Loss of efficacy does not equate to loss of helminths

”I have lost my worms because of <insert any one of your choices here>, my symptoms came back after I ate <insert name of dish here>.

There have developed some myths online regarding the loss of helminth populations, particularly hookworm, due to various foods, herbal remedies, antibiotics, etc. I have read that pumpkin seeds, pineapple, coconut milk or oil, fennel, cummin, tumeric, etc., etc., all “kill hookworms”.

One major example of this type of myth, and it seems a universally accepted example, was created by me. Sorry about that.

Sorry about that.

The fact is that none of these things kills hookworm or whipworms, as a simple thought experiment, or a simple experiment if that won’t satisfy you will demonstrate.

If coconut milk or oil, both staples of the diet in SE Asia, killed either hookworms or whipworms this purported property would have been identified long ago. If they, see list above, they would be used as folk remedies in places where either hookworm and whipworm are endemic. Because of poverty levels that mean no one owns or has access to either toilets or shoes, are public health issues. Having been identified long ago there would have been no market for antihelminthic drugs, and neither Albendazole nor Mebendazole would exist.

The observation of loss of efficacy is trustworthy, but the conclusion that one has therefore lost one’s worm population is not.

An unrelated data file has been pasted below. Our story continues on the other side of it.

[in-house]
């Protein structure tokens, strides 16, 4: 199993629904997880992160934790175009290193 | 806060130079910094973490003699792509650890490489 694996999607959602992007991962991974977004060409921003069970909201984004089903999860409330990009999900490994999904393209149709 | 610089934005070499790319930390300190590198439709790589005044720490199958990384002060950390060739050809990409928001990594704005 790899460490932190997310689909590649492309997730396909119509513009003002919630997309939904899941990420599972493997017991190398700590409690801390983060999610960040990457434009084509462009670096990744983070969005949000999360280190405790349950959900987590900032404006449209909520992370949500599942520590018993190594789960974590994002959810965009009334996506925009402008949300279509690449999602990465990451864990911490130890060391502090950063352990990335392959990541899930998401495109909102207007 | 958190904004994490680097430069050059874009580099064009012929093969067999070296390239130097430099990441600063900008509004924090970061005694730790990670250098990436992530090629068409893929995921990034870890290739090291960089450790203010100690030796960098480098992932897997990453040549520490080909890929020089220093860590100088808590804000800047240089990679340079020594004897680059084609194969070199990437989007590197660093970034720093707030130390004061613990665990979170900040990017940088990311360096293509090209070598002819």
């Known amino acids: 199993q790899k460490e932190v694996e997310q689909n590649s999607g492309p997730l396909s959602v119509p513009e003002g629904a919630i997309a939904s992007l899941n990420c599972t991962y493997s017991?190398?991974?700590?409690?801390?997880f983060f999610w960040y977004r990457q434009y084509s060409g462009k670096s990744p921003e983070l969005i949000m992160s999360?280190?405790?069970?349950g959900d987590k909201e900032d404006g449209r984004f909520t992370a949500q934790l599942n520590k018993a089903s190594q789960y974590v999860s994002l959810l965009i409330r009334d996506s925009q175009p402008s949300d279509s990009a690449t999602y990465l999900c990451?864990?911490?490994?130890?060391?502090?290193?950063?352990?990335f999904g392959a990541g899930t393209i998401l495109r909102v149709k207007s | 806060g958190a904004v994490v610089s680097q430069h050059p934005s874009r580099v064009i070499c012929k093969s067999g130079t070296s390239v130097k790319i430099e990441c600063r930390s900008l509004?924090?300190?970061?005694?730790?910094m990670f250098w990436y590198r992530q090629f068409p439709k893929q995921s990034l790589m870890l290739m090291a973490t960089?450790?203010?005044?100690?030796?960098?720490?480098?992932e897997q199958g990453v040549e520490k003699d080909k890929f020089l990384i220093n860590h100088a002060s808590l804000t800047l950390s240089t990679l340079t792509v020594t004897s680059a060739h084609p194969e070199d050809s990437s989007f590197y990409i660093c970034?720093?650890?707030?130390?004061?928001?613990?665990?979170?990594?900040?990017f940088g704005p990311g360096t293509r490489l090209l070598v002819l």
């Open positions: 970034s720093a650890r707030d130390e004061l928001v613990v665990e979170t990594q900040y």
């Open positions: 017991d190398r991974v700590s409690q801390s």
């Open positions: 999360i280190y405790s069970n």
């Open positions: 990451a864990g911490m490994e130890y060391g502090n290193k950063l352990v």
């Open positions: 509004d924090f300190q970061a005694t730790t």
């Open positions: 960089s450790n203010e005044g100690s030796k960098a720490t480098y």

If you do an experiment on yourself while enjoying remission or substantial health benefits due to helminthic therapy and you drink or eat one of these things purported to kill helminths in isolation, and within 24 hours you see a return of symptoms you can only conclude you have lost efficacy.

However, we are not aware that anyone has done even this to test the idea that coconut oil or coconut milk, Substance A in this case, alone is responsible. There is a great deal more in all the SE Asian dishes we have eaten than coconut milk or oil alone.

For one to be sure that Substance A had caused the extermination of your helminth population, something distinct from a temporary or permanent loss of efficacy, the following would have to be done:

Having a confirmed population of helminths via stool test* one would have to take in isolation, or to ingest, Substance A, and;

Conduct regular stool tests or some other confirming test to prove ova production had stopped for the next two or three weeks, or;

Having ingested Substance A, collect all of the subject’s faeces for the next two or three days and to examine every particle of it to identify dead helminths in the subjects stool.

Even then it may be the effect of dead helminths, however unlikely it may be or seem, is the result of some other dietary or environmental factor.

A one off stool test looking for ova is insufficient. We know that some drugs suppress ova production, without killing worms, for weeks.

How was it decided that coconut milk, part of a meal with dozens of ingredients, was the culprit?

To decide that one of many constituents of what you eat in a day or two, and that it alone is the cause is just one issue that is problematic with the line of reasoning that coconut milk, Substance A, or coconut oil kills helminths.

The jump from loss of efficacy to assuming that this necessarily equates to the extermination of one’s helminth population is another.

Antibiotics (ABx) are an example that illustrates the problems with thinking coconut anything kills helminths, even if one demonstrates it causes loss of efficacy.